PHILOSOPHY JUST PAYS OFF : When I arrived at Harvard  in 1956 as a freshmen, I felt overwhelmed academically.

Unlike many of my classmates who had gone to rigorous  private schools. I graduated from a Florida public school that in those days rarely sent kids to elite colleges in the North.

Even after four years of high-school French, I couldn't pass the exam to get out of the entry-level of class at  Harvard. In math, I was relegated to to the remedial course.

The dean tried to reassure us at orientation by noting that only 2 percent of the class would fall out. I thought my classmates were lucky : I'd somehow manage to fill the quota all by myself.

My tenuous feeling about being at Harvard would never fully dissipate. But to my surprise, and that of my advisers my grades were quite good at the end of the year.

The upside of entering Harvard with less academic preparation than many of my classmates was that it forced me to rethink much of what I thought I knew.

So, too, did Raphael Demos, Professor Demos, an authority on Greek Philosophy, was Harvard's  Alford Professor of Natural Religion, Moral Philosophy, and  Civil Philosophy.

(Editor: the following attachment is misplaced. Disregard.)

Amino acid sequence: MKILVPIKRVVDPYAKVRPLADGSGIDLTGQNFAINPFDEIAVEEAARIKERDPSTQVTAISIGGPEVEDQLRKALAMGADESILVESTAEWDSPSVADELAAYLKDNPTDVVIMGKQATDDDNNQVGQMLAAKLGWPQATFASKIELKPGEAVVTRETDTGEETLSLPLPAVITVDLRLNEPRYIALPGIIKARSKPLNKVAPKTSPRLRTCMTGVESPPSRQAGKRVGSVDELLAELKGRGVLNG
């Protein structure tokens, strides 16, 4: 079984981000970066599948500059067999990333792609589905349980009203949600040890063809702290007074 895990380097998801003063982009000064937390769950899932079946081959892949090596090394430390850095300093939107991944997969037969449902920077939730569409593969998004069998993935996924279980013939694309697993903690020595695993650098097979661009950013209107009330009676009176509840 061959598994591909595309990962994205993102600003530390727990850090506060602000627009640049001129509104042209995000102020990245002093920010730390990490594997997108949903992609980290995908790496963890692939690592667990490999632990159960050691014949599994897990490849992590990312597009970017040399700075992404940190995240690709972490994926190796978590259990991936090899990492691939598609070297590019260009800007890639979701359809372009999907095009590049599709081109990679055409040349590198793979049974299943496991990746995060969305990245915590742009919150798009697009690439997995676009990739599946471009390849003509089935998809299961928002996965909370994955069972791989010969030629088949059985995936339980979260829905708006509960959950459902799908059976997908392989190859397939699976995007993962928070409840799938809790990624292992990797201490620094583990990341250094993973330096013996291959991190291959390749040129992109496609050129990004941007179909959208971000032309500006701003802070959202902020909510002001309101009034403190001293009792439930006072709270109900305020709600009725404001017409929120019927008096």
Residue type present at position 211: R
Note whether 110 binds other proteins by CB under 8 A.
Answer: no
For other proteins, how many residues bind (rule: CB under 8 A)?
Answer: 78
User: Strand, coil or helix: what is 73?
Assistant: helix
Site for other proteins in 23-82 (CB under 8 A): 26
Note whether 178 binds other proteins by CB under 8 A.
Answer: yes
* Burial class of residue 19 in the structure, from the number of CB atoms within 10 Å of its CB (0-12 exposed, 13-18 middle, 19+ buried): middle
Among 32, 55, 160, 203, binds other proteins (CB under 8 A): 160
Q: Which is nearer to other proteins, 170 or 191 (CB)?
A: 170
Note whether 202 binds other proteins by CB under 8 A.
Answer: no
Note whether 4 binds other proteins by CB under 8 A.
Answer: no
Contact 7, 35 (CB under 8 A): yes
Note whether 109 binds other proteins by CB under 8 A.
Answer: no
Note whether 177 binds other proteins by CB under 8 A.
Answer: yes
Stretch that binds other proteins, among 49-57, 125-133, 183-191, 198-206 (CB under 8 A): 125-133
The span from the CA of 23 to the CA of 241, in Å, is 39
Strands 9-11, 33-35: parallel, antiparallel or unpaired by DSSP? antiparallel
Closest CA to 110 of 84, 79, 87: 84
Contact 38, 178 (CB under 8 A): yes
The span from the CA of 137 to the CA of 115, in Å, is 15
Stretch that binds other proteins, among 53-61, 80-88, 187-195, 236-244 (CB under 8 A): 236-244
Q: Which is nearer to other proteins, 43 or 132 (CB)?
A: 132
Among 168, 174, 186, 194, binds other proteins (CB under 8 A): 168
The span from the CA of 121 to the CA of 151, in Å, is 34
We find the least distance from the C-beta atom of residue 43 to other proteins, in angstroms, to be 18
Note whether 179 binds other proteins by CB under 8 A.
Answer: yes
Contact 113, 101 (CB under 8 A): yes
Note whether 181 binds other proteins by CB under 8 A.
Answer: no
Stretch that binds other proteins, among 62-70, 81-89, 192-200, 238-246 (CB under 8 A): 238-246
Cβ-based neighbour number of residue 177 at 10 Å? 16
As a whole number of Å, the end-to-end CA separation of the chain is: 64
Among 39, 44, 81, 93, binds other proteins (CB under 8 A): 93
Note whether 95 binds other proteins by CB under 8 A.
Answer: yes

But to me, when I took a class with him my sophomore year, he was a genial little man with white hair and an exceptional talent for engaging students from the lecture hall stage, using an overturned wastebasket as his lectern.

Professor Demos would use Plato and other great Philosophers to demonstrate that proving any proposition to be true in the final and ultimate sense was impossible.

His approach to critical thinking planted a seed in me that grew during my years at Harvard and throughout my life.

The approach appealed to what was probably my natural but latent tendency toward questioning and skepticism.

I concluded that you can't prove anything in absolute terms, from which I extrapolated that all significant decisions are about probabilities.

Internalizing the core-tenet of Professors Demos's teaching - weighing risk and analyzing odds and  trade-offs - was central to everything I did professionally in the decades ahead in finance and  government.

The World Students Society thanks Secretary Robert E. Rubin Secretary of the treasury from 199  to 1999.

The Honor and Serving of this latest Operational Research on Education continues to part 2.


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